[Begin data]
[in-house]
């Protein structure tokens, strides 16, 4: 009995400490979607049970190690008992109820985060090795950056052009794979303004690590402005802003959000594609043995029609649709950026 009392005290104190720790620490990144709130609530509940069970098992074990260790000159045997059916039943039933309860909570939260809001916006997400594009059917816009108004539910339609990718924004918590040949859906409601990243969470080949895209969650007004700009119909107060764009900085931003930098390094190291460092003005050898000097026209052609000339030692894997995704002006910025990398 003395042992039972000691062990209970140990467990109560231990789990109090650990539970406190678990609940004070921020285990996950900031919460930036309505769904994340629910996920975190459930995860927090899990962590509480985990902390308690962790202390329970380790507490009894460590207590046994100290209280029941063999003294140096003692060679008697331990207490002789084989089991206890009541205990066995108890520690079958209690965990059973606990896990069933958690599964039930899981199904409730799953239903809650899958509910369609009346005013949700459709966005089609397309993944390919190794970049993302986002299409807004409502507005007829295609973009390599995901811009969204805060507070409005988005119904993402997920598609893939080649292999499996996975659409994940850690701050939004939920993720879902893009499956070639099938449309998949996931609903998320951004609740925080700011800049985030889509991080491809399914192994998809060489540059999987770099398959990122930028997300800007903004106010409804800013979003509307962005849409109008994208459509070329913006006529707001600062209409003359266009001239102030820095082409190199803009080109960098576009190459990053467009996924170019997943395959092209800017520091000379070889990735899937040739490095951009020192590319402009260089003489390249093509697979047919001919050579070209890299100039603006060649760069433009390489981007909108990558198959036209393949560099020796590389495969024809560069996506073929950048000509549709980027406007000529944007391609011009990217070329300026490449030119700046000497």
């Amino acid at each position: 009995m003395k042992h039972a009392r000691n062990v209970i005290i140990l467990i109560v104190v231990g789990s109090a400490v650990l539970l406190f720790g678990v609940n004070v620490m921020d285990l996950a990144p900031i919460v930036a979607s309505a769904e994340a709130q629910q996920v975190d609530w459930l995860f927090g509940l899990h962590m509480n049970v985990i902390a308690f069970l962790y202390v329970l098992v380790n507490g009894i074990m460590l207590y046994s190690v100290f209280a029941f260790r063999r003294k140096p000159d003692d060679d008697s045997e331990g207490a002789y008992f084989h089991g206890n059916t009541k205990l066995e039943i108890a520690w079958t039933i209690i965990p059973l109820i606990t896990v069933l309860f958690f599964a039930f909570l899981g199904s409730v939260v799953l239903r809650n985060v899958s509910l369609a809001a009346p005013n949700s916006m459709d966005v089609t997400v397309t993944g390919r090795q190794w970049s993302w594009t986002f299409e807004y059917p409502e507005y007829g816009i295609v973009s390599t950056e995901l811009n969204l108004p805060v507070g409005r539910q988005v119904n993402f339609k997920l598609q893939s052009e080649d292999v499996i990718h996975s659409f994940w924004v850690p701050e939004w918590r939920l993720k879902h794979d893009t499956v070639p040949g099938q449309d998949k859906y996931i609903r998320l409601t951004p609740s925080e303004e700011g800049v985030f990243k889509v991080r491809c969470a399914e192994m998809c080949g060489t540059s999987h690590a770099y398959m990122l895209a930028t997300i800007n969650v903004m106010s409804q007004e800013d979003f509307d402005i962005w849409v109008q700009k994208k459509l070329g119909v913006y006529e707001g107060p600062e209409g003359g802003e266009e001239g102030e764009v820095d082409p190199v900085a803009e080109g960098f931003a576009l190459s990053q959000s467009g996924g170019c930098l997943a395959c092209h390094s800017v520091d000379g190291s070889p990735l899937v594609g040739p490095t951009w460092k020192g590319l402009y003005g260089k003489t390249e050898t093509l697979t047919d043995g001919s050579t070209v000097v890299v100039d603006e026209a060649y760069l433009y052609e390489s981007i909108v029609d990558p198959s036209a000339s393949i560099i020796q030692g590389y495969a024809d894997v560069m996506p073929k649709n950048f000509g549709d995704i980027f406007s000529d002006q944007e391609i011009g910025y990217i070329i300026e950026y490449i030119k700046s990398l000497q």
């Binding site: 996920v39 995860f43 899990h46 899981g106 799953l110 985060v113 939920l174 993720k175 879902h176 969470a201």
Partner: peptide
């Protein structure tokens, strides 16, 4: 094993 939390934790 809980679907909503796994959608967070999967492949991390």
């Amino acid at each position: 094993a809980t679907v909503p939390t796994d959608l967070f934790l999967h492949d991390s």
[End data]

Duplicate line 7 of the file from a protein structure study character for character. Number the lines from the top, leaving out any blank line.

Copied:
């Amino acid at each position: 094993a809980t679907v909503p939390t796994d959608l967070f934790l999967h492949d991390s």